He has been recognised for his work on creating new sources of ultraviolet light using ultrafast pulses that are a million billionth of a second in duration.
Used in ultrafast laser systems, these new light sources could unlock far-reaching advances in science, healthcare and industry; for example, investigating new materials, developing new healthcare applications and innovating the manufacture of microchips used in computers and phones.
The technique John has pioneered involves converting infrared light into a high-performing form of bright ultraviolet light. This is achieved by pulsing the infrared light into glass tubes filled with gases. The process allows John and his team to customise the properties of the ultraviolet light beams – for example, their shape or duration – for use in different applications, such as laser machining.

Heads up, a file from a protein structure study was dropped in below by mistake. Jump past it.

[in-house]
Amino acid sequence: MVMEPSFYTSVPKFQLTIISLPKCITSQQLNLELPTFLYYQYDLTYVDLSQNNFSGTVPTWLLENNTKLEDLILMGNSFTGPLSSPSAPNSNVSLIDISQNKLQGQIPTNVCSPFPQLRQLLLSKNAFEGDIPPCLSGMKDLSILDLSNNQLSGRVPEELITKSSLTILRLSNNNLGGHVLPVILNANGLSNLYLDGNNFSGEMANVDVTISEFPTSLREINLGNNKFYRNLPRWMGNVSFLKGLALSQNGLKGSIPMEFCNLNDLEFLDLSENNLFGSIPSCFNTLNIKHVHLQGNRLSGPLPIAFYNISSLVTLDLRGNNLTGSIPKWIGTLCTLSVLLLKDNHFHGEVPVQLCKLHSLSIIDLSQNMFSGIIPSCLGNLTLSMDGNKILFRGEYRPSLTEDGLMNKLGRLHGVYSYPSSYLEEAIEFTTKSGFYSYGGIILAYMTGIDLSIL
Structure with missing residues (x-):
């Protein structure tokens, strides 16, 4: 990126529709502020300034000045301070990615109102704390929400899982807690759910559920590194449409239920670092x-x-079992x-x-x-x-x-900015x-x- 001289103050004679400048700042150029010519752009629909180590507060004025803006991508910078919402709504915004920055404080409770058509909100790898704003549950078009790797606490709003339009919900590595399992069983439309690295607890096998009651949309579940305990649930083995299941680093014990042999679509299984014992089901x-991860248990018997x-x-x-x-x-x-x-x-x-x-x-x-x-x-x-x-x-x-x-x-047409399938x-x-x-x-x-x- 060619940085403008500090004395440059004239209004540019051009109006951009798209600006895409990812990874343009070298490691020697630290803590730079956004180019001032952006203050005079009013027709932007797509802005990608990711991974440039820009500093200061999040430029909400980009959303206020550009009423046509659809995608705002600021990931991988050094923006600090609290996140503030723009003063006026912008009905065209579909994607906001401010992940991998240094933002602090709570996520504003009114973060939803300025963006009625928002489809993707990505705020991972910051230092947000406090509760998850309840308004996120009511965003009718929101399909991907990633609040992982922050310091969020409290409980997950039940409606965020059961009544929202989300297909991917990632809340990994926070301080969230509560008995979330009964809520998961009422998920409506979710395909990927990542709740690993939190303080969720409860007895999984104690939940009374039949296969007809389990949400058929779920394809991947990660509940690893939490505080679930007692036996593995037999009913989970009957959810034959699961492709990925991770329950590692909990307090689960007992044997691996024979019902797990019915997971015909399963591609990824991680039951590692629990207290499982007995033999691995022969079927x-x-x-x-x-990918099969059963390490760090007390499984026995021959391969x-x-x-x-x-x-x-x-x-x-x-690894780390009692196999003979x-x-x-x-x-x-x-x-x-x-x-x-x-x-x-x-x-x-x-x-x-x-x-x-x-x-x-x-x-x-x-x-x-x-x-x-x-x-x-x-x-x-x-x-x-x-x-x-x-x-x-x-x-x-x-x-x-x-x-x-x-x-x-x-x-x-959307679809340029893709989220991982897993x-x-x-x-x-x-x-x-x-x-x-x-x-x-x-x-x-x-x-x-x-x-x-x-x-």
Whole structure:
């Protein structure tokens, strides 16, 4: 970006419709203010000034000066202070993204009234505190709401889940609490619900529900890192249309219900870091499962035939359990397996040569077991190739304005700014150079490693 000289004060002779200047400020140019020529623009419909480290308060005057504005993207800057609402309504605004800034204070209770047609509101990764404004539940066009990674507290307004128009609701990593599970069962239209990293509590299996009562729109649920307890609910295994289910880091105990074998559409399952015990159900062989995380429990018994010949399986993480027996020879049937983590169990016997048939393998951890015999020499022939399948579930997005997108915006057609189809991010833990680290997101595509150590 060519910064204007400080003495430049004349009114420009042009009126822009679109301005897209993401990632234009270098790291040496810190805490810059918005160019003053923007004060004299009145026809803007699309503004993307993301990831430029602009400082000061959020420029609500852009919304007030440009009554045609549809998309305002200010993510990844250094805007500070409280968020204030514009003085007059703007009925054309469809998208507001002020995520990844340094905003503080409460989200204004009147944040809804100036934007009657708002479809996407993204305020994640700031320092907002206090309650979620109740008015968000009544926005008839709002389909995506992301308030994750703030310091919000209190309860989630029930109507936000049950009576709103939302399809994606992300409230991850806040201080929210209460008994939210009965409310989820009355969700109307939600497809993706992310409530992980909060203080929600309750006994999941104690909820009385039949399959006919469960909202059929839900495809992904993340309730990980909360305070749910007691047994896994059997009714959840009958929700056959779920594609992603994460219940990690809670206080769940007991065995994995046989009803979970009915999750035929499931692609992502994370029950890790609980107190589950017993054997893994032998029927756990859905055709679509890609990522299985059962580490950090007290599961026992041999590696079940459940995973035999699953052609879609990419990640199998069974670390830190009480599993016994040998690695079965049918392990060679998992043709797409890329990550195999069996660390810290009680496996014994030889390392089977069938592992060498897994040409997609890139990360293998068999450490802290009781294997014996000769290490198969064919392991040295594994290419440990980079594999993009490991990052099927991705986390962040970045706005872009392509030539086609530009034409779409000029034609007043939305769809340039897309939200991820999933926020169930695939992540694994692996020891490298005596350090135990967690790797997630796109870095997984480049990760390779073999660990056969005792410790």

With this year’s theme focusing on lasers and optoelectronics, the prestigious A F Harvey Engineering Research Prize is awarded to a world-leading engineer from the fields of medical, microwave and radar or laser/optoelectronic engineering to enable them to continue further research.
John hopes to use the prize money to shrink down the scale of his technology from tabletop-sized to pocket-sized systems, opening up many new applications for the technology.
He will present his work at a virtual keynote lecture, hosted by the IET, in March 2023. It will be broadcast live and followed by a Q&A session with IET President Professor Bob Cryan.
Find out more information about the award and John’s virtual lecture on our website